despise us.  They will feel admiration and gratitude for us. They will
understand, as we clearly understand it today, the meaning of the ideas we
defend; the meaning of the values that we defend.  This is no longer a country
of illiterate people; it is a country of refined, educated people; politically
experienced people; experienced and courageous people.  We have to resist in
two ways: We must endure the sacrifices that our situation or duty imposes on
us if the worst variations occur in developments in the Soviet Union.  We must
also resist in the military sector.

73.  We will tell the imperialists: No, you cannot defeat us in any way.  No
one will give them the country.  No one will give them the revolution.  No one
will give them what we have watered with our sweat and blood for such a long
time.  No one will give them our history.  No one will give them our liberty. 
No one will give them our independence.  No one will give them our noble ideas. 
We will aptly defend them in every terrain; and if we have to do it by enduring
deprivations, we will endure them-- because we can never forget that those who
started our independence struggle spent 10 years in the jungle, many times
without shoes or clothes.  Ten years! [Words indistinct] thought it was
possible to struggle amid such difficult conditions, and against so many [word
indistinct] forces that wanted the peace of El Zanjon.  Mateo said: No!  The
best representatives of those heroical people said: No!  The eternal Baragua
rose from El Zanjon. [applause]

74.  That is what we are.  Mateo's heirs.  The heirs of Baragua.  The heirs of
Marti, his ideas, and his determination to do what was necessary; to sacrifice
his life to protect the homeland's independence; to guarantee the homeland's
independence; to protect the independence of other American nations; and--we
might say today--to protect the independence and hopes of many nations around
the world.

75.  We have inherited those ideas and without them and without having
inherited those ideas, there would not have been a 1 January, there would not
have been a Moncada, there would not have been a 1 January [repeats] because
what we did in the Sierra Maestra was simply imitate what those who fought
against hundreds of thousands of Spanish soldiers had done with a few weapons.
This is what we did in the Sierra Maestra, not for as many years, but we could
have been there until now or could have died there a long time ago. What we did
was imitate them.

76.  Had we not inherited those ideas, had the Bay of Pigs victory not taken
place, the combatants would have trembled in the presence of the Yankee squads,
aircraft carriers, cruisers, war vessels, and their Marines. They would not
have fought as they did. They would not have positioned the tanks facing the
squads as they did there, [applause] facing the squads as if they were saying:
Here we are if you decide to land. We have had a beautiful history and, thanks
to it, great people have been forged.  There are many more examples: the
October crisis, nuclear weapons, who knows how many missiles were pointed at
us. Everyone here was calm and serene.

77.  This is how they will find us in every circumstance in life: calm and
serene. As things become more difficult we will be more level-headed, more
serene, firmer, and more determined because we have the privilege of being what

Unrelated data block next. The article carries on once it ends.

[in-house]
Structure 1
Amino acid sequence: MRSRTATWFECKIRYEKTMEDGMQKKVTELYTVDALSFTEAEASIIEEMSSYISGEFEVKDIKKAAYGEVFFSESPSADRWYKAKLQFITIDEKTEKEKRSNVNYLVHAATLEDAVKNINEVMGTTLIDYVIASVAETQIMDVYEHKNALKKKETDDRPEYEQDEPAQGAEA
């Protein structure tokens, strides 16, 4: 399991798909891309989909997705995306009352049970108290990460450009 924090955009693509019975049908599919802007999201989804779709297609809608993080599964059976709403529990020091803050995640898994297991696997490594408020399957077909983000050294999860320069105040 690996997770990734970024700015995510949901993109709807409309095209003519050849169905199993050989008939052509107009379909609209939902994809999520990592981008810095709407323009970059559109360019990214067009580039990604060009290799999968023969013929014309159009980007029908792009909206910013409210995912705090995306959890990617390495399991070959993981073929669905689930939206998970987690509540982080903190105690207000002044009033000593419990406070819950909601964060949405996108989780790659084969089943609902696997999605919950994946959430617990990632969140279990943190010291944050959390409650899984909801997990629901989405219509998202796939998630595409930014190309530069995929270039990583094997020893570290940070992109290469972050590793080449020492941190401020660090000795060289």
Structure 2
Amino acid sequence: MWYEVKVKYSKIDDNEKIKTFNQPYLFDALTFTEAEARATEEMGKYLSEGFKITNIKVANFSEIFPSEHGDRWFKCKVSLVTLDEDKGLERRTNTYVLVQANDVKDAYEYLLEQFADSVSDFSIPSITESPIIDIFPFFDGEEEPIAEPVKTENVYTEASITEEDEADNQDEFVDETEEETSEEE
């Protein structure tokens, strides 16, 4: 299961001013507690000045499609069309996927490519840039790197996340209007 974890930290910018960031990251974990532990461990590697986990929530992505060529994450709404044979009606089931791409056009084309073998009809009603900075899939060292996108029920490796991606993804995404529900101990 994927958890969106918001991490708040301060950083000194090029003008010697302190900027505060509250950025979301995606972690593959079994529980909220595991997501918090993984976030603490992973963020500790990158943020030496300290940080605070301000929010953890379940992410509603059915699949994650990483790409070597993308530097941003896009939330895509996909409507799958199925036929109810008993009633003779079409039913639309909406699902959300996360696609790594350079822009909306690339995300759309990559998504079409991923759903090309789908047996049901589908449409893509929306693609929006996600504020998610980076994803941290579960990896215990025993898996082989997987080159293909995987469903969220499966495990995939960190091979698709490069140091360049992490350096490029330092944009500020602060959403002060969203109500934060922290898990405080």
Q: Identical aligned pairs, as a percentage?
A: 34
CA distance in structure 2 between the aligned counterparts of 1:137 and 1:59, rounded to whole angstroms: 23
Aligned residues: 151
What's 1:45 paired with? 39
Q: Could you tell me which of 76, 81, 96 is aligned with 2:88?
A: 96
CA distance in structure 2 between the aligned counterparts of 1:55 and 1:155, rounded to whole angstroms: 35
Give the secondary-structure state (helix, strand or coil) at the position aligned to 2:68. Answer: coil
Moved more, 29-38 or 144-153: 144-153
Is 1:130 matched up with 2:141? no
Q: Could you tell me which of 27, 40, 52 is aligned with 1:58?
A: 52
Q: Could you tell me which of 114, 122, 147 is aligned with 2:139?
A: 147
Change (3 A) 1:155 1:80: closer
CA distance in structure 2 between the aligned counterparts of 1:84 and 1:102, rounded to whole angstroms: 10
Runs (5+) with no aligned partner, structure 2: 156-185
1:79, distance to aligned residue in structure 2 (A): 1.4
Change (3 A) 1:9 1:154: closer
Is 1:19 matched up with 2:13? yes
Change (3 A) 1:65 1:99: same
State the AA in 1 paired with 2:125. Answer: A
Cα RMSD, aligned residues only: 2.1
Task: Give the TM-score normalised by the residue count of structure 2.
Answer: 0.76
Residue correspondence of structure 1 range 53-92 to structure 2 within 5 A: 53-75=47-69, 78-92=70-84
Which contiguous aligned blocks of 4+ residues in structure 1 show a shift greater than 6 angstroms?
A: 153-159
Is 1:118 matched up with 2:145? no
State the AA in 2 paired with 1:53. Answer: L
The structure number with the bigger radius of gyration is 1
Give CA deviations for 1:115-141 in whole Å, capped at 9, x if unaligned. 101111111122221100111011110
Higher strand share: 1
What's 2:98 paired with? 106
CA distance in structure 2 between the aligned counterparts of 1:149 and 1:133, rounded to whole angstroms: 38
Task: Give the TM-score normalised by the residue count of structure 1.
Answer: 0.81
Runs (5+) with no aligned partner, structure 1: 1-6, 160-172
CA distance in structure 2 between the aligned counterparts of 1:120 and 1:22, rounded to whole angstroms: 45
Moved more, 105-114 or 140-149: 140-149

we are today and we are willing to continue being what we are. We are not going
to prove our history wrong. So, [pause] long live the mothers of those fallen
in the Bay of Pigs! [crowd applauds and responds: Viva!]

78.  The communists, true communists were always heroic in the defense of their
ideas and their cause. There have been great examples since the Paris commune
and throughout many years. They fought a lot defending the Spanish Republic and
defending Madrid against foreign troops; Hitler's, Mussolini's, or colonial
troops; they defended humankind after the invasion of the USSR by Hitler's
troops.  We do not forget the 20 million dead.  Others may forget them but we
never will. [applause] The communists were in front of those combatants, in the
front line in the most dangerous places, in front of the experienced fascist
troops. Those are communists; that is the way you are. [applause]

79.  I told you before that we have to be prepared to defeat imperialists in
the field of material difficulties, no matter which ones they may be. We will
have to be prepared to also teach them a lesson in the military field. We
cannot forget their false sense of pride and their bragging about technology. 
With us fighting is man to man, combatant to combatant, up to the last
combatant, to the last one.  [applause]

80.  We will guarantee that there will be resistance from the San Antonio Cape
to the Maisi tip, [applause] in the plains and mountains, in the plains and
mountains, [repeats] in the countryside and cities. The word capitulation or
surrender [members of the crowd yell indistinct words] does not and will never
have a place here.  The cry of Camilo will always be in the air: Nobody
surrenders here. [applause] I am told that it was not Camilo who said this, but
that it was Almeida; but it could have been said by Camilo, Almeida, Raul, Che,
and all the combatants of the Sierra Maestra. [applause] Those words, those
words [repeats] have been eliminated from the dictionary. This applies to the
first through the last of the combatants. This is why I told the students on 13
March: Each one of you has to be your own chief and your only chief. There is a
single order that will not be complied with or obeyed ever and I hope that it
will never come out of the mouth of any revolutionary chief: the word
capitulation or surrender. [members of the crowd say: Never! and applaud]

81.  [Unidentified woman in the crowd] I just want to say a few words so that
you understand that the mothers of the Bay of Pigs martyrs [words indistinct]
as of the world that fight for their freedom cannot place ourselves at the
level of cowards. As far as I am concerned what happened in Grenada was a
coward act. That was not courageous. A big power such as theirs was merciless